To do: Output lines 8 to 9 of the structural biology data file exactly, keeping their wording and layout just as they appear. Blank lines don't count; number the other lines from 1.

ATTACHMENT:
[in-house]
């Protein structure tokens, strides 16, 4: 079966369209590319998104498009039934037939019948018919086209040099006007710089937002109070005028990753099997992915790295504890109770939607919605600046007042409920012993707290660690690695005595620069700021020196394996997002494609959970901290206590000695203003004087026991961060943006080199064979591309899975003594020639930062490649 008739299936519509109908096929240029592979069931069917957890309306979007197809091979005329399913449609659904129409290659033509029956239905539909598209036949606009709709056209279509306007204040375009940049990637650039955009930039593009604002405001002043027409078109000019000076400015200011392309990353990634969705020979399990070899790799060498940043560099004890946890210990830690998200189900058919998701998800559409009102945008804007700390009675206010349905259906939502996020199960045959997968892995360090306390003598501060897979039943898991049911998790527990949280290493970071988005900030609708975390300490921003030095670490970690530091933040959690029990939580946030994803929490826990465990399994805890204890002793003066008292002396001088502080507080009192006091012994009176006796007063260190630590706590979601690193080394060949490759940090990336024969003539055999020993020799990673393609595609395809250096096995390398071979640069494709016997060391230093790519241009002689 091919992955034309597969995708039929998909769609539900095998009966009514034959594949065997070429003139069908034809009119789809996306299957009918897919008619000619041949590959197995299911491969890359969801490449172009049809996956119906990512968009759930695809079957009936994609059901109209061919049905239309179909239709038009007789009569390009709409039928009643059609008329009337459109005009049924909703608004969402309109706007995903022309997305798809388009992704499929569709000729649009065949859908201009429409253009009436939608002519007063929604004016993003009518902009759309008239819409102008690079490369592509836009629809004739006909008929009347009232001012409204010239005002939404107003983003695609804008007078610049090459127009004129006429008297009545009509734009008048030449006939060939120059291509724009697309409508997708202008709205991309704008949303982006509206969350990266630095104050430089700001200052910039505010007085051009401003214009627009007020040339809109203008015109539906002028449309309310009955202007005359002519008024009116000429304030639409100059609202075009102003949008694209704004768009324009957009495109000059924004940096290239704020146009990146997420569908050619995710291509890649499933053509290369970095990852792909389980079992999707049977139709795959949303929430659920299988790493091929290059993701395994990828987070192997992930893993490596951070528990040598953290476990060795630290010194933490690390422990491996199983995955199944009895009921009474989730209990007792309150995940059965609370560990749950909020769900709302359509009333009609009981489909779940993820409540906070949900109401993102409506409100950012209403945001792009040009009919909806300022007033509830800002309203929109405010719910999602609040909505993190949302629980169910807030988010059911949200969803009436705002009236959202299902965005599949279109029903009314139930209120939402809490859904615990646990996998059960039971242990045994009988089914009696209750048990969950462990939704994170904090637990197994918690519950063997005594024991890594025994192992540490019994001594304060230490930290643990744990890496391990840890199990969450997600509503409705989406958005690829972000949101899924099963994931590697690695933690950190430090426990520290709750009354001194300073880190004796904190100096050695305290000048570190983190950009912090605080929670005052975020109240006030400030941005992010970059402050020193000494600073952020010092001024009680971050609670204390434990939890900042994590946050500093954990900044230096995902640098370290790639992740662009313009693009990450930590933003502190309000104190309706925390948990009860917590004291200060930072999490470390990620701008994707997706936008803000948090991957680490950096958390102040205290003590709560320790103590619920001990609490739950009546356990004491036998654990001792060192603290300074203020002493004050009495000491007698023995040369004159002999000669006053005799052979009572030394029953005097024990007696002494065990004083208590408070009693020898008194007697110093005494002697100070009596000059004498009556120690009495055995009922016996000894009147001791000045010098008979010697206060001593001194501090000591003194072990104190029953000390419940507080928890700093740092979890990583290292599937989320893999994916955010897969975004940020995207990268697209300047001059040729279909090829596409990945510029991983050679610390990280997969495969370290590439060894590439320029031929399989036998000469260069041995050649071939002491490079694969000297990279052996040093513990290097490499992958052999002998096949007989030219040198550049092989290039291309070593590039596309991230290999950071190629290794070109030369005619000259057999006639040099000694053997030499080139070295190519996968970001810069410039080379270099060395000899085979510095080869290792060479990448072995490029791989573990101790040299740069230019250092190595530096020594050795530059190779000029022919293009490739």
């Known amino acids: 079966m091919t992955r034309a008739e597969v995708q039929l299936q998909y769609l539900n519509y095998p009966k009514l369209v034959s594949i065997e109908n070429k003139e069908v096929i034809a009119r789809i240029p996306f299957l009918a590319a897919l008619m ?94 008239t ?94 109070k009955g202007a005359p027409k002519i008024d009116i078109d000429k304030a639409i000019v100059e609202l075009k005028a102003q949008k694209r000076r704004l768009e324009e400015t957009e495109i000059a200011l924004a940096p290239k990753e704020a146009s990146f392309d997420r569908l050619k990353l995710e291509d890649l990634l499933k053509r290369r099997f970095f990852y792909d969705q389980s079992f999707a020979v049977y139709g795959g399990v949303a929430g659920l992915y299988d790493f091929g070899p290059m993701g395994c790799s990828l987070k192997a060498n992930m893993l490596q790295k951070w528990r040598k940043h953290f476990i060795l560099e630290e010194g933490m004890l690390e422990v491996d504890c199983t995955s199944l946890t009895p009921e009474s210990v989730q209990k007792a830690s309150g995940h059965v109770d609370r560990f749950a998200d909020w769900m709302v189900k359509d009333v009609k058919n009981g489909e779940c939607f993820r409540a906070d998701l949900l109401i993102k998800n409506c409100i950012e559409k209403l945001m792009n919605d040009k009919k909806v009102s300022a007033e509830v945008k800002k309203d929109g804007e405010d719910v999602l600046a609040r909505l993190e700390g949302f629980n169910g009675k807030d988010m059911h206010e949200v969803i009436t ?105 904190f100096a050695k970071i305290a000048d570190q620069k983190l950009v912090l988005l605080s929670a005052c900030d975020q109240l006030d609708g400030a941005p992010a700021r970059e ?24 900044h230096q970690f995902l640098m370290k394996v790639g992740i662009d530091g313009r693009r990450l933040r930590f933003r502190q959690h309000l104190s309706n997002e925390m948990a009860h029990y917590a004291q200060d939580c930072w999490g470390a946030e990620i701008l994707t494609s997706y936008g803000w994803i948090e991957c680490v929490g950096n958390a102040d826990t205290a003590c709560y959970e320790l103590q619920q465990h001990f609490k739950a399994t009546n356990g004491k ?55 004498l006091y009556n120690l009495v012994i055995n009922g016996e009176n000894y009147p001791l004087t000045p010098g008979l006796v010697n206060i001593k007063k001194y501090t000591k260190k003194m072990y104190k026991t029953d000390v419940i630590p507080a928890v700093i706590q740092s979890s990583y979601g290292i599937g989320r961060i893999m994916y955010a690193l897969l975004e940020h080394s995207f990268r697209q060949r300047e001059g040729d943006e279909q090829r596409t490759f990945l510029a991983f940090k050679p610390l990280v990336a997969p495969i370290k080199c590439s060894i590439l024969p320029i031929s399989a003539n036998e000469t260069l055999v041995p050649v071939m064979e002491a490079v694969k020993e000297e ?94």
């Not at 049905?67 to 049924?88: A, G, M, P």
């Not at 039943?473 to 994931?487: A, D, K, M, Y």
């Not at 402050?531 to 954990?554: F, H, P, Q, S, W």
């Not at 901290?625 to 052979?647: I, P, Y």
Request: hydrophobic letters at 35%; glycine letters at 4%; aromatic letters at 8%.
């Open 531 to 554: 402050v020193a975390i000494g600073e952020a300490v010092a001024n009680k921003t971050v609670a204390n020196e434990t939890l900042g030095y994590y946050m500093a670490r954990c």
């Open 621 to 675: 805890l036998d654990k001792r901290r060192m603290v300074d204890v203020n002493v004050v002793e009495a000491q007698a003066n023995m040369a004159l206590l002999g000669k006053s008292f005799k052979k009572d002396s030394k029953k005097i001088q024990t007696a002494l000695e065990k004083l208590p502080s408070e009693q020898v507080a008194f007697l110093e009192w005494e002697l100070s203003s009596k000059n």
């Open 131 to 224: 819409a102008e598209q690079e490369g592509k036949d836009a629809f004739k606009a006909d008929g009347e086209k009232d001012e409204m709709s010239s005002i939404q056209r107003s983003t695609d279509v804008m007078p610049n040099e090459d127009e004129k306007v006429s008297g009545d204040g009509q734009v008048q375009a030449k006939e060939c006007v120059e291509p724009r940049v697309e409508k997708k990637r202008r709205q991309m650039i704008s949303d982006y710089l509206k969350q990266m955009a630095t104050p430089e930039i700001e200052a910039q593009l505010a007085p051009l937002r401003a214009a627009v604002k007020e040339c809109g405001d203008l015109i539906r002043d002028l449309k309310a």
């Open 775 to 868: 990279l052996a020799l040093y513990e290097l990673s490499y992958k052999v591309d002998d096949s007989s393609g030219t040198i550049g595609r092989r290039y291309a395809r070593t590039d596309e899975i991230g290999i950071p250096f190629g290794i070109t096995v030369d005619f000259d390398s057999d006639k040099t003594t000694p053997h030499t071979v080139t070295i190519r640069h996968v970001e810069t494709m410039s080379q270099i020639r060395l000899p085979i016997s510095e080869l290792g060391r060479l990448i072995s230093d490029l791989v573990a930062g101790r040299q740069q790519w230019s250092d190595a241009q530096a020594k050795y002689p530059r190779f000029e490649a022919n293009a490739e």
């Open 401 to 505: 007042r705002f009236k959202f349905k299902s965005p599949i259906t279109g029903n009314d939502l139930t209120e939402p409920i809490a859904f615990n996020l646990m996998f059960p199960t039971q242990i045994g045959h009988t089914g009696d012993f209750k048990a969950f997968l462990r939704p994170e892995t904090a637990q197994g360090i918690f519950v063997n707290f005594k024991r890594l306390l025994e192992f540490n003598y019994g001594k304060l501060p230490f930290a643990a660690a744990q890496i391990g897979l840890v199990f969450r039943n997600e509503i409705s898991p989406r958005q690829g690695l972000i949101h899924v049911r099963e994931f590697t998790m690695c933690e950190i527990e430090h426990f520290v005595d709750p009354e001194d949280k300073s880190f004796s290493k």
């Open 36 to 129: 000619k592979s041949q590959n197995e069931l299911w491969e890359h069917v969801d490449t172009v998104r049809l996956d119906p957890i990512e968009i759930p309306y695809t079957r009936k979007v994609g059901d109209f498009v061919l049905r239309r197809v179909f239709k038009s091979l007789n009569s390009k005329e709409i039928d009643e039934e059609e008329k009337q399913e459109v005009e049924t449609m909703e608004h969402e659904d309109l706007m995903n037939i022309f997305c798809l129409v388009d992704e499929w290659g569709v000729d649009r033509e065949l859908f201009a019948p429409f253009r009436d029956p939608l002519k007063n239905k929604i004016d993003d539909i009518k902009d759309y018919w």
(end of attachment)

Request: hydrophobic letters at 35%; glycine letters at 4%; aromatic letters at 8%.
């Open 531 to 554: 402050v020193a975390i000494g600073e952020a300490v010092a001024n009680k921003t971050v609670a204390n020196e434990t939890l900042g030095y994590y946050m500093a670490r954990c």